I know that sometimes Chrissie Hynde can come across now as a bit of a mad old goat, gripping her protests and eyeliner but there are two things of which I am certain, she may be strident but she is entirely sincere, and that no other front woman in rock apart from her contemporary, Debbie Harry, has come close to her in when she was in full swing.

And yes, I have heard of Janis Joplin.

The Pretenders had launched their first album at the end of 1979 and had after a slow build become the quintessential face of English New Wave even though their photogenic lead singer came from Akron, Ohio. “Brass In Pocket” had been a deserved number one single that honestly never really tires or dates and their first album was already being acknowledged as a classic debut.

It still is and critics never forget it.

Which is why I decided to dig out the equally accomplished “Pretenders II” released around eighteen months after its predecessor. The band seem by now to have found their groove and are less self-conscious of their influences, creating their very own distinctive sound that like all good ‘new-wave’ products – such as the Clash – weaved rock, soul, reggae together and topped it off with a very contemporary angular guitar. In truth, a track like “Bad Boys Get Spanked” manages to hold itself in place with a throbbing rockabilly rhythm track – check out Pete Farndon’s quiff and Martyn Chambers’ sideburns for added verification.


Chrissie Hynde had been a music journalist and, as such, much of their output over the period of the first two Pretenders albums shows the band to have been willing students of the past but with the desire to create a fresh sound. Even the moody, half-lit cover, without a title and shot in tribute to early Stones albums, seemingly, made them appear the rival gang in town to The Clash.

Of course, the most notable example is the transformation of the previously dormant and little-known Kinks demo “I Go To Sleep” in which the band take the song and make it their own. It is dreamy, wistful, plaintive and utterly beautiful.

Small wonder, Ray Davies was to become so enraptured by his number one fan – they were soon to be officially a couple.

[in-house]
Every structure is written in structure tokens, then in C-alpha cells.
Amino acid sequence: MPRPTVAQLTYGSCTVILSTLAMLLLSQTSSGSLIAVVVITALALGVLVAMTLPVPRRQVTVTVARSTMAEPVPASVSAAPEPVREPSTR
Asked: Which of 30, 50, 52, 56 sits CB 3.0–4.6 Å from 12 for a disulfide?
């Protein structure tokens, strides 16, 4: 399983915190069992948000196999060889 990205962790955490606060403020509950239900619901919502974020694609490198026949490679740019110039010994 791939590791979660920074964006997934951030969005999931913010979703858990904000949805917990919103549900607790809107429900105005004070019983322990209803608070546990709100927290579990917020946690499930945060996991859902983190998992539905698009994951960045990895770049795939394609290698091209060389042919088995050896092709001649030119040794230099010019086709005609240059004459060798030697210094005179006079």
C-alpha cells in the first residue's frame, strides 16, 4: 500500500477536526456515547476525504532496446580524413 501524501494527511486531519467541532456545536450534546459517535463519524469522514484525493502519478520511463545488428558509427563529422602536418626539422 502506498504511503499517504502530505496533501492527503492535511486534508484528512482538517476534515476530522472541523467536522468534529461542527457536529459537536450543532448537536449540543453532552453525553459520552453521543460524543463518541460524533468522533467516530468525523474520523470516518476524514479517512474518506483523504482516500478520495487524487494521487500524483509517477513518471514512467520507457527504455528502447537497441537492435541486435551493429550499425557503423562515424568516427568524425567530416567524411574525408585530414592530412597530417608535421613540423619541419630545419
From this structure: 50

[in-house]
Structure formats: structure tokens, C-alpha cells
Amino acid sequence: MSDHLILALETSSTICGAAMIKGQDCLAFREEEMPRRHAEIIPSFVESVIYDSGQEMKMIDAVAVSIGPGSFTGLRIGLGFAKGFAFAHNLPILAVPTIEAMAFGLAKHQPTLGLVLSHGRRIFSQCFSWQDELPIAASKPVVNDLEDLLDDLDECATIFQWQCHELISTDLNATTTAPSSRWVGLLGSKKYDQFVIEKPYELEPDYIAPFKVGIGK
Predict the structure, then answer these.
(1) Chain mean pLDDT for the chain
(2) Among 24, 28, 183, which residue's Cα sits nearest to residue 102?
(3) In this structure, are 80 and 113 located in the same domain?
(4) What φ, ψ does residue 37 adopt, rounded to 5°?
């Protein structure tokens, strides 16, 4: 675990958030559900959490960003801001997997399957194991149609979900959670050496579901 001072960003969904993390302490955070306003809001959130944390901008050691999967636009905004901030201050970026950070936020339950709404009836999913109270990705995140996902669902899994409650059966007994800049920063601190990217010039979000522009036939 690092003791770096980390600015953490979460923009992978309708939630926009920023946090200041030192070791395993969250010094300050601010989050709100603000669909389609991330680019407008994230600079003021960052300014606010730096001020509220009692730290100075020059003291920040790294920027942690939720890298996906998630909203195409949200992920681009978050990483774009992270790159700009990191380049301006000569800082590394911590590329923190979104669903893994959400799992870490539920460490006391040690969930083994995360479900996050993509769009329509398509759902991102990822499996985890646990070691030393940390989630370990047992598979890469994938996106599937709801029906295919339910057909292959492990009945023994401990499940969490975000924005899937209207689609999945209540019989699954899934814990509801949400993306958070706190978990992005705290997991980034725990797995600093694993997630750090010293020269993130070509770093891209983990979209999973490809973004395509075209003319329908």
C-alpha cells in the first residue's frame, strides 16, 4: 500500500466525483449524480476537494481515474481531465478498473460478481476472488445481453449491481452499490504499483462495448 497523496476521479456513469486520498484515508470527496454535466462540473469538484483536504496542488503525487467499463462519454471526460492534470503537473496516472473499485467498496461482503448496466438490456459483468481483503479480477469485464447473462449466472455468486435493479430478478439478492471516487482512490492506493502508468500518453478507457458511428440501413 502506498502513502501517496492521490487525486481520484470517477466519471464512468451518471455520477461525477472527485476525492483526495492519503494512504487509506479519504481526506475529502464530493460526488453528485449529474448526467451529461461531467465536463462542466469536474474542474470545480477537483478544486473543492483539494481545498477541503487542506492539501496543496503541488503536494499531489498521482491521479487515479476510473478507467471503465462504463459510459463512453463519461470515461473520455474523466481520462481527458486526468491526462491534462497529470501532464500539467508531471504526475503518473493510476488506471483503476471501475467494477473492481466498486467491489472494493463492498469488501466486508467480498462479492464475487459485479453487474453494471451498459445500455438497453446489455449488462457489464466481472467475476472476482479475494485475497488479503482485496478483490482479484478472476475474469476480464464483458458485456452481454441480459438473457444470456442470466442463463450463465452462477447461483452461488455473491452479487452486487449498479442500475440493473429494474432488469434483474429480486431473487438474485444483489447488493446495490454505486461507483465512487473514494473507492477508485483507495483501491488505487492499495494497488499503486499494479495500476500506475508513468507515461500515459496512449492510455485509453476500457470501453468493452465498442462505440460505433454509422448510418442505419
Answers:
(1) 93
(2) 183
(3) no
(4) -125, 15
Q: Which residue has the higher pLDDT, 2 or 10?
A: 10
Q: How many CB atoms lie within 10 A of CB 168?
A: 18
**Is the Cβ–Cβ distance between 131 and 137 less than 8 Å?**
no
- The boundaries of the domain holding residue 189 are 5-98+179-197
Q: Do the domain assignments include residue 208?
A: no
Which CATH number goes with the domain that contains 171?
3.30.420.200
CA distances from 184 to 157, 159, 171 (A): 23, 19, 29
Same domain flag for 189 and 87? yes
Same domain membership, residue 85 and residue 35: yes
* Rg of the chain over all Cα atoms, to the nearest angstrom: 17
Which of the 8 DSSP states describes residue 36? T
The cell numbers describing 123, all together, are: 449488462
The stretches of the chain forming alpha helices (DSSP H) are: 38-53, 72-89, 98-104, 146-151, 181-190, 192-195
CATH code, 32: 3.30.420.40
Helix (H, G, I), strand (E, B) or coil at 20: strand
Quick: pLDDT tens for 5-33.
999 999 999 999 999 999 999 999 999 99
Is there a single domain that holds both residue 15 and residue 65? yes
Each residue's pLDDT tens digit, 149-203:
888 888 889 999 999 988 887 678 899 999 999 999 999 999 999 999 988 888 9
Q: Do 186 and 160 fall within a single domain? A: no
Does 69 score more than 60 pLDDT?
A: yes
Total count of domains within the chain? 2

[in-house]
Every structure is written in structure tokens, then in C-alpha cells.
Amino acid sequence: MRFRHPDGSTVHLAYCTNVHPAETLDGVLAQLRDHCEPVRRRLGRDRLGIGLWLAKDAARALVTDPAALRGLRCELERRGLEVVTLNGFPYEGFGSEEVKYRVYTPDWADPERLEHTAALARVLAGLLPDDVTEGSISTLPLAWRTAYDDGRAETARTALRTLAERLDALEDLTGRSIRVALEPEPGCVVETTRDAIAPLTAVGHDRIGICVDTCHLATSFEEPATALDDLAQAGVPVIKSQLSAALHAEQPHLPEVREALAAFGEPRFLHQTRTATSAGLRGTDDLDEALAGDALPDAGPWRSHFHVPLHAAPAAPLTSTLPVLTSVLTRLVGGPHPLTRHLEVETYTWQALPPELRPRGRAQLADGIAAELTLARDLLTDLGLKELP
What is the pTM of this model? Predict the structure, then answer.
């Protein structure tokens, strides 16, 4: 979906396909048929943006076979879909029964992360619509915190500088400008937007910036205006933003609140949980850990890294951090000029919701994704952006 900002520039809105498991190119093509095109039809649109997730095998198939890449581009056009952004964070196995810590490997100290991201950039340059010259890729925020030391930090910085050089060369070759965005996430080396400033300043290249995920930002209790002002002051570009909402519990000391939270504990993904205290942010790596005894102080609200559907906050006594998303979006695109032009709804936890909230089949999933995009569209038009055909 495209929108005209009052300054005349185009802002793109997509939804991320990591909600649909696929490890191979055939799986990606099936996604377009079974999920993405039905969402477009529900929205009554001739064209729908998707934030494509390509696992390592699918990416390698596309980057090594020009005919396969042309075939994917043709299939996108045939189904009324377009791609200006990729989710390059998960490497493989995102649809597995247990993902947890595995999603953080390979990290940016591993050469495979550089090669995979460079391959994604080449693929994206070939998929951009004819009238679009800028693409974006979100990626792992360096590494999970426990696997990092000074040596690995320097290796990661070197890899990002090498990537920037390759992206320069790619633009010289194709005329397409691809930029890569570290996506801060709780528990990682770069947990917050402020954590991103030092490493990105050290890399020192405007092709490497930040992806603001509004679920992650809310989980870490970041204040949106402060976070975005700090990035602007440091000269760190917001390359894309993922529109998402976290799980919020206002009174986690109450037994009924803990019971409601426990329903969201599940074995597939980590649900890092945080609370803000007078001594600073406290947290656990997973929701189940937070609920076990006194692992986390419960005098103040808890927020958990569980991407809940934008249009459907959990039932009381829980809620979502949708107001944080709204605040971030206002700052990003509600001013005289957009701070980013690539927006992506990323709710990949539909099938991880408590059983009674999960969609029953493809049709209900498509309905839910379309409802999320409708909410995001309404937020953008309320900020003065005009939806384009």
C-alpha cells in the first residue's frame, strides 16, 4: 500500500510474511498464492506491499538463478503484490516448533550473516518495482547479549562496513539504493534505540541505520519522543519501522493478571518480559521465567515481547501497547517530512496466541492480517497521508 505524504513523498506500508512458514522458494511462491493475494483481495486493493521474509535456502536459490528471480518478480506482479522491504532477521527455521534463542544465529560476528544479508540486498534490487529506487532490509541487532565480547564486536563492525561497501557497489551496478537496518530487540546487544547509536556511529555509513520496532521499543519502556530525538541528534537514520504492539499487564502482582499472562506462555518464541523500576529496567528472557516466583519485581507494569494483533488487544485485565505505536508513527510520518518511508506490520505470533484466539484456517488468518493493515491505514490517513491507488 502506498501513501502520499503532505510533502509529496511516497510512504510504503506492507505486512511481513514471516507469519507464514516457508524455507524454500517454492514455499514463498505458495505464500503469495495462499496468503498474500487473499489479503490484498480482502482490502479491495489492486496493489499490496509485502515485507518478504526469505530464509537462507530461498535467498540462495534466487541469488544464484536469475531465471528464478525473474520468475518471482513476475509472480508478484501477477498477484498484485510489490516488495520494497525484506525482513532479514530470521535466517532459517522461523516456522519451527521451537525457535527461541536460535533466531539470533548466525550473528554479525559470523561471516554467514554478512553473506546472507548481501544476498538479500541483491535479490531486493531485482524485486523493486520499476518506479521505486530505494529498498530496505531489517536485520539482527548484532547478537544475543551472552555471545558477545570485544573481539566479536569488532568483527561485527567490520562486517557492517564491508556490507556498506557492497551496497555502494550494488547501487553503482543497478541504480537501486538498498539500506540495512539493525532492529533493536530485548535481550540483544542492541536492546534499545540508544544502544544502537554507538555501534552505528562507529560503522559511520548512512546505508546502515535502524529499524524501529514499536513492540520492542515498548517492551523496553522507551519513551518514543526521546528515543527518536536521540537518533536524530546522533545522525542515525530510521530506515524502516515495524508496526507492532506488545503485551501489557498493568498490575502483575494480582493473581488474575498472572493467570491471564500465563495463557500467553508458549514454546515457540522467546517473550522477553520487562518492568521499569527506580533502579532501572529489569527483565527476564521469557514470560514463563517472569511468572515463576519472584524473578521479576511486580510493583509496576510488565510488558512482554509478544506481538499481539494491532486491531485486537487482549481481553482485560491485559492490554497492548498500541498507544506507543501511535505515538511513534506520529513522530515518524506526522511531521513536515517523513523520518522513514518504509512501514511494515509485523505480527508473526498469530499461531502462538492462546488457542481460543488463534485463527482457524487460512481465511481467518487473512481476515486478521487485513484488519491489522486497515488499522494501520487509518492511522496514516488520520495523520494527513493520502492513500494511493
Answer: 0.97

And allied to this was the intelligent writing (often humorous or acerbic) that so characterised New Wave albums but “Pretenders II” has insights as sharp as anything that Messrs Costello or Jackson may have produced at the time. “Pack It Up” is a perfect example of this with its taunts of poor trouser choice and an “insipid record collection” spat out at its sleazy target with real venom. Likewise “Waste Not Want Not It”, with its lolloping reggae swing has the customary anti-establishment sniping so common in records of the early eighties.

However, one of the most interesting characteristics of the album is the ability to take on the guise of various characters which you never really think of the Pretenders as being capable of. “The Adultress” and “Bad Boys Get Spanked” may have the kind of saucy ‘Readers Wives’ attitude but they are really flip sides of one another – male dominant and male subservient. If you’re looking to make an impact when you open an album that should do it .

“Jealous Dogs” is the kind of song that many newly successful bands turn out as they find that their world and the people they know have changed as their circumstances have. That said, it has a fantastic sharpness in its performance that really picks up the lash of the lyrics’ intent.

But not everything has such vehemence, as, like “I Go To Sleep”, there is also great sensitivity in tracks like the languid “The English Roses” and even the rather ordinary “Day After Day”“Birds Of Paradise” uses the kind of delightful jangling guitar harmonics that we would recognise later on “2000 Miles” though admittedly with Robbie McIntosh playing rather than hugely talented James Honeyman-Scott.

And of course, the tragic story of the death of Honeyman-Scott and Farndon following the release of this album is well-known and so makes the recording all the more important. There would be other successful recordings but it is in the first two albums where the sassy American and three guys from the rock ‘n’ roll capital that is Hereford (yes… Hereford), produced such a vibrant  and enjoyable legacy.

For me, aside from the astonishing Kinks cover, there are two other real highlights – the majestic “Message Of Love” – all angles and spikes – which is the most complete band performance and the sublime “Talk Of The Town”, which is a brilliantly written and performed track which would characterise a band that was completely at ease with its direction and composition.

Sadly, it was not to be.

And so there is always a little of the sense of ‘if only’…